Accidents also frequently occur:

  • on rural roads, where lighting is often inadequate, speeding can be tempting, and head-on collisions are common;
  • in parking lots, where disorganization, chaos and aggressive driving are plentiful;
  • and at intersections, where maneuvering a vehicle can be complicated.

What California Drivers Need To Know About Auto Accidents

While living and working in the Golden State can be a wonderful experience, driving in California presents its own unique set of challenges. If you drive in the state, you should be aware of crash data released by the California Office of Traffic Safety. The latest data on 2021 crashes and fatalities reveals some alarming trends. Consider the following:

  • An uptick in alcohol-impaired driving: In the State of California, alcohol-impaired driving fatalities (involving a driver or motorcyclist with a blood alcohol concentration of 0.08 or higher) increased 16 percent between 2020 and 2021.
  • In 2021, most drivers killed in crashes were under the influence of drugs: In2021, 52.9 percent of all California drivers killed in motor vehicle crashes tested positive for drugs, whether legal or illegal.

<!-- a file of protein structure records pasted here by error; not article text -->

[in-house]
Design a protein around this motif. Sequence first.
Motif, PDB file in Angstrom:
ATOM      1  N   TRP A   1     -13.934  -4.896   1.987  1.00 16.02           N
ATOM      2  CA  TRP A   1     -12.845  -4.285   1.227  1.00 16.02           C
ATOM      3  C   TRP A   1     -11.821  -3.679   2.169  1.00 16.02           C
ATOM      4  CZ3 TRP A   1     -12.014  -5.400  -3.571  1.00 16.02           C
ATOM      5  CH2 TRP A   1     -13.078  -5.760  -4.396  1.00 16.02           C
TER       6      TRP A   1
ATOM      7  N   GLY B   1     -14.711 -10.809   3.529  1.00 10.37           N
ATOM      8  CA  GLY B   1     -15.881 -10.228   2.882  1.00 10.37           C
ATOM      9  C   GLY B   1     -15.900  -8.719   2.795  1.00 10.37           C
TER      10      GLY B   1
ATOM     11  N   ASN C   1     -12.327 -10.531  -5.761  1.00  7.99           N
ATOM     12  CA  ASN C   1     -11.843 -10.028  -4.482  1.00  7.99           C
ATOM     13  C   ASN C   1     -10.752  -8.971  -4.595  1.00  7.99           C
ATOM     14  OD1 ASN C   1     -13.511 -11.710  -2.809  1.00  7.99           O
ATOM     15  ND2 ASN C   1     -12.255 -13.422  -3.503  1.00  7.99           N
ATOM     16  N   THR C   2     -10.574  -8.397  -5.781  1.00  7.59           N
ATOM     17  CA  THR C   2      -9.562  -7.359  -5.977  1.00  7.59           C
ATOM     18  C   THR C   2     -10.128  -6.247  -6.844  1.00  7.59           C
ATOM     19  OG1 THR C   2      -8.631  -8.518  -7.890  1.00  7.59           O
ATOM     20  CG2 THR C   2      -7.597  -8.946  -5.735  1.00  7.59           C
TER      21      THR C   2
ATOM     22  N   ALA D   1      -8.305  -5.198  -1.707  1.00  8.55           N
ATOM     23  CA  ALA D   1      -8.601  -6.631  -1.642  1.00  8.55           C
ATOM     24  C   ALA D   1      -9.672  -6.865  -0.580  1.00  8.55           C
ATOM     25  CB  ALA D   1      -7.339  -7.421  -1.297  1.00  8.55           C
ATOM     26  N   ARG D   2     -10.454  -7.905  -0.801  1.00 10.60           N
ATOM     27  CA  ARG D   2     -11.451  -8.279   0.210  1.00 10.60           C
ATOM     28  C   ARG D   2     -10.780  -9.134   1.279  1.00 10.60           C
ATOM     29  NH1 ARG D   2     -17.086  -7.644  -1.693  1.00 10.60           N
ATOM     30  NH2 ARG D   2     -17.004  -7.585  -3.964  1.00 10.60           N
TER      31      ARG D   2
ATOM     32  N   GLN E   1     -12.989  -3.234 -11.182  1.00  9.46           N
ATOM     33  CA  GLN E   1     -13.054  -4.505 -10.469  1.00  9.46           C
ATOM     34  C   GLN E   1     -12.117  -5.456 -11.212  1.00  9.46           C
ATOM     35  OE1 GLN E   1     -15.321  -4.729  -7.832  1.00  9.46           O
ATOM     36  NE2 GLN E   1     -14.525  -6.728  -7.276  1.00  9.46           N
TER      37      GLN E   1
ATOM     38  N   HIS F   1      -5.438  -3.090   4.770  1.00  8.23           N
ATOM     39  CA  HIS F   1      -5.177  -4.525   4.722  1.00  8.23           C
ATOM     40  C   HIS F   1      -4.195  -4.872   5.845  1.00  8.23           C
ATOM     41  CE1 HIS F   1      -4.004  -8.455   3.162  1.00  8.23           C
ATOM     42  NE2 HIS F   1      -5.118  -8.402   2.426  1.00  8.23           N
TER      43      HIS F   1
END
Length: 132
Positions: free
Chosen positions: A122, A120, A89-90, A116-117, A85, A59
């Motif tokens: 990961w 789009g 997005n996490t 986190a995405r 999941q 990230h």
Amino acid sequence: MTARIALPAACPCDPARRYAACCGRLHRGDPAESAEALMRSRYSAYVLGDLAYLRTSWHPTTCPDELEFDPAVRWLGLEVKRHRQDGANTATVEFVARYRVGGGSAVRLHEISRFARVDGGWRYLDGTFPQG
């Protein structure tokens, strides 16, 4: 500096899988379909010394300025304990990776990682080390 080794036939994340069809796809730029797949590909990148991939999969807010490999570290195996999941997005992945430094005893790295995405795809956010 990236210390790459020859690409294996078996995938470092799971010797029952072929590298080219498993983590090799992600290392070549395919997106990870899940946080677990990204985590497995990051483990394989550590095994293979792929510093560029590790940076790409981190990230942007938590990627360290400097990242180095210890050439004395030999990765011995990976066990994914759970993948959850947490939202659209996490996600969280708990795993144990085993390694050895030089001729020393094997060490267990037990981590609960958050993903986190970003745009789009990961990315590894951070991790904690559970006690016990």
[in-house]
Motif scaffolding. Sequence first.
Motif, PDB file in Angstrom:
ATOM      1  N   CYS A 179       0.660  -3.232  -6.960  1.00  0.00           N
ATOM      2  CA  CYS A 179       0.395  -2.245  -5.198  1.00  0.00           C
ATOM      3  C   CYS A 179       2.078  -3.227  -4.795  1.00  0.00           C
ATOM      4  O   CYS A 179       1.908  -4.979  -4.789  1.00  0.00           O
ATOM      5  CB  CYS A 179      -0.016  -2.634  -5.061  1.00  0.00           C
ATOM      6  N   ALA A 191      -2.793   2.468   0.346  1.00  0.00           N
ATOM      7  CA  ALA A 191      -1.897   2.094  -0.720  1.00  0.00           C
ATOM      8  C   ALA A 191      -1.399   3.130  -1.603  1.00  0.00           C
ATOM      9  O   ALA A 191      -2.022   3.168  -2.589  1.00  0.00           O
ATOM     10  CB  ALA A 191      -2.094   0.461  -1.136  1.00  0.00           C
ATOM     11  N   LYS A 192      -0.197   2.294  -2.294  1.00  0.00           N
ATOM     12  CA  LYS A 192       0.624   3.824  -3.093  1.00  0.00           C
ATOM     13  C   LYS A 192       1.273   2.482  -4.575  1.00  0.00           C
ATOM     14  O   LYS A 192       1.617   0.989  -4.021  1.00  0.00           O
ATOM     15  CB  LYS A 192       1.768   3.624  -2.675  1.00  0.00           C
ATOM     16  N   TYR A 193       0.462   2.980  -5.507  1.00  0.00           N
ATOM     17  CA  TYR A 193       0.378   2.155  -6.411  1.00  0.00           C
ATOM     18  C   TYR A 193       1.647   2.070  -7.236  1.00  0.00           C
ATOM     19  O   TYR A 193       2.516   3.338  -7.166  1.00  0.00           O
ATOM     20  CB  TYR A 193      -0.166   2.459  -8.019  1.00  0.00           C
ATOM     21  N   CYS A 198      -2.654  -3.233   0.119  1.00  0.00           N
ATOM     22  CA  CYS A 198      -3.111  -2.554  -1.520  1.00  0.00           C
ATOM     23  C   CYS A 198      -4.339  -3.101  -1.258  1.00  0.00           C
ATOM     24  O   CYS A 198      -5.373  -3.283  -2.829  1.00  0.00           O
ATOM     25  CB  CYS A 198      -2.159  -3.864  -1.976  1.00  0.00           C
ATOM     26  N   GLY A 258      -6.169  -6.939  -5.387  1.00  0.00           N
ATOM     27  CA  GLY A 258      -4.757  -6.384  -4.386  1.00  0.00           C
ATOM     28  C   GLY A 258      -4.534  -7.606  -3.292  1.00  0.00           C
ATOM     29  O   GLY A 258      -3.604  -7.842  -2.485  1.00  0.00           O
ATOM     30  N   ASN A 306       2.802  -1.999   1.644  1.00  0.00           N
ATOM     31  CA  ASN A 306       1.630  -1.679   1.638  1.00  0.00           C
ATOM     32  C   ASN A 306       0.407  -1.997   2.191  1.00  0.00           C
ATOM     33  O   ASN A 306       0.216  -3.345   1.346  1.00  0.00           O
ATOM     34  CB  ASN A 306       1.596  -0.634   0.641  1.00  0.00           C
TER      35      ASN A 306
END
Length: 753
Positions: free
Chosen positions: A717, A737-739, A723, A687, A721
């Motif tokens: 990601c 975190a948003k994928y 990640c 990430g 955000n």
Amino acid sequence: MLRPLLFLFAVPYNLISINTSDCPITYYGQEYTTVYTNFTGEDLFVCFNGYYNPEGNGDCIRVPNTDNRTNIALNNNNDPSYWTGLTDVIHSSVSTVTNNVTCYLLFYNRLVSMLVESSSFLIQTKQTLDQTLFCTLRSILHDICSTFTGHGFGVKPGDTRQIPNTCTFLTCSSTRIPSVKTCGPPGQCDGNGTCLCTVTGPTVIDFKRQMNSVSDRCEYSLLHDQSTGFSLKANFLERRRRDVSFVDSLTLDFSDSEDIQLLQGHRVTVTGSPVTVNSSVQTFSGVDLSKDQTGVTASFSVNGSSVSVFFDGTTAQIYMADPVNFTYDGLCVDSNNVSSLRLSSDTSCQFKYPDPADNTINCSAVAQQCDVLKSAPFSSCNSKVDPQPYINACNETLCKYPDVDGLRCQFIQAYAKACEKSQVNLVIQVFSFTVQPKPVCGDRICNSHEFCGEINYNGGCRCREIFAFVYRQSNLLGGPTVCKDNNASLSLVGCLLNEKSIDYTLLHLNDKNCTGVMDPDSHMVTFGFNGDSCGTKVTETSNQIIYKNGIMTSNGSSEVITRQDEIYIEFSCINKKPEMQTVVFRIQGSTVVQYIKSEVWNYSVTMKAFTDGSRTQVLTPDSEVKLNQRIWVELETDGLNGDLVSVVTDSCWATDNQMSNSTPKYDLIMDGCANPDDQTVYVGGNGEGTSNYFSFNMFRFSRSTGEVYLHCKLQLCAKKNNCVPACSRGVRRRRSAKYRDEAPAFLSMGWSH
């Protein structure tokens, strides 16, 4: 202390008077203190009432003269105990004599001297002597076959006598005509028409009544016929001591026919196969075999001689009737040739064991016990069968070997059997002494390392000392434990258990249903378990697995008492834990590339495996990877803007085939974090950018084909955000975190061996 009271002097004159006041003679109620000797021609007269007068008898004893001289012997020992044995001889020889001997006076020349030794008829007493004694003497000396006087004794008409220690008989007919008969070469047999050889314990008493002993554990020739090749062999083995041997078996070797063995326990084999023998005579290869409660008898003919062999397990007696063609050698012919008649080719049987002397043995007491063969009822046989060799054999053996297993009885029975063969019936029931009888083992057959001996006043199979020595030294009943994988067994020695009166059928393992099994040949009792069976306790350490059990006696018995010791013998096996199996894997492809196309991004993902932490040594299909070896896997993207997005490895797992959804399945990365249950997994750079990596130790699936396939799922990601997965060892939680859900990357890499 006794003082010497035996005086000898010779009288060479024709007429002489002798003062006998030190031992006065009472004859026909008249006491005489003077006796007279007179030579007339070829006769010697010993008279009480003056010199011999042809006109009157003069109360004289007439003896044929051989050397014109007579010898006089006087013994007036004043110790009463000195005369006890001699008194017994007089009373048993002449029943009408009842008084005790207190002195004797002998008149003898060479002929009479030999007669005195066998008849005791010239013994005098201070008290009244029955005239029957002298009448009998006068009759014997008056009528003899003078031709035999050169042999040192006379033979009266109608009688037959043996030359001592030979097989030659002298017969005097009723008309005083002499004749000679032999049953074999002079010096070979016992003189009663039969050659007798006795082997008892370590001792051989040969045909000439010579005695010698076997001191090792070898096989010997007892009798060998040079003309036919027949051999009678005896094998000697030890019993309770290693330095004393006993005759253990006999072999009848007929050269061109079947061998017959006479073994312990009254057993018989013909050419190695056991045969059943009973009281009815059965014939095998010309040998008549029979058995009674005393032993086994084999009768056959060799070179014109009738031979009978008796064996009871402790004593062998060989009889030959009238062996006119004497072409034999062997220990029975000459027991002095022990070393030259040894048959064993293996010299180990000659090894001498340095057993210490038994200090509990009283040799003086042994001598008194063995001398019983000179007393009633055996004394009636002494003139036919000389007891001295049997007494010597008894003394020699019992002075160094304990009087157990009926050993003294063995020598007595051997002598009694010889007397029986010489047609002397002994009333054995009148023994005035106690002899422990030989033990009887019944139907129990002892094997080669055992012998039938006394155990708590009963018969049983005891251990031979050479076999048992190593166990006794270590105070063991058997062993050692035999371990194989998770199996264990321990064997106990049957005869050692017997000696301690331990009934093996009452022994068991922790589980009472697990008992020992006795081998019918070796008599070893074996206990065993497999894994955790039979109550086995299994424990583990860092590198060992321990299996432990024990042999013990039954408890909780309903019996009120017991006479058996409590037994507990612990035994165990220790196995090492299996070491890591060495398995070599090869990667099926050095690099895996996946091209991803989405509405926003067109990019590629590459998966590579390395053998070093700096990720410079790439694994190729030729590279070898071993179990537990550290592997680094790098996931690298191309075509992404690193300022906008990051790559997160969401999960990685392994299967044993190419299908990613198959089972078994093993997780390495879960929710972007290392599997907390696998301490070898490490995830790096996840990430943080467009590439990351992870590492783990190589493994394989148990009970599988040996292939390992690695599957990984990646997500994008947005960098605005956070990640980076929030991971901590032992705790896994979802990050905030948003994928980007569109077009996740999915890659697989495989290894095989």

• Seatbelt use is not up to par: Unrestrained (unbelted) passenger vehicle occupant fatalities increased in the State of California, up 12.4 percent between 2020 and 2021.
  • Pedestrians and cyclists are less safe: The year 2021 in California saw a rise in both the deaths of pedestrians (up 9.4 percent from 2020 to 2021) and bicyclists (up 8 percent from 2020 to 2021).

How to Keep Yourself Safe From Auto Accidents

While drivers are sometimes powerless in preventing car accidents, there are a certain number of factors within our control. We can always aim to stay alert, avoid distractions, obey speed limits, and adjust our driving behavior during adverse weather conditions. As you’re making your way to all the places you need to be, keep the following safety tips in mind:

  • Be aware of best practices for driving safety in winter road conditions, including avoiding standing or fast-moving water, and slowing down during heavy rain.
  • If you start to lose control of your car because of hydroplaning, release the pressure off the gas slowly. Keep your focus on the road ahead and try to keep the steering wheel aimed at where you want the front part of your vehicle to go.
  • Keep your car properly maintained. Remember to replace your tires or windshield wipers as recommended to improve your chance of avoiding an accident related to poor traction or poor visibility.
  • It’s always better to be late than to never arrive at all. If you start to feel drowsy while driving, pull over and rest. Driving while drowsy has the same effect as driving while under the influence of alcohol or drugs.
  • The greatest chance of a car accident is usually with the vehicle right in front of you. Always maintain a minimum distance of three car lengths between you and the vehicle in front of you while driving to help ensure adequate time for unexpected braking if necessary. Increase this distance in bad weather or busy traffic.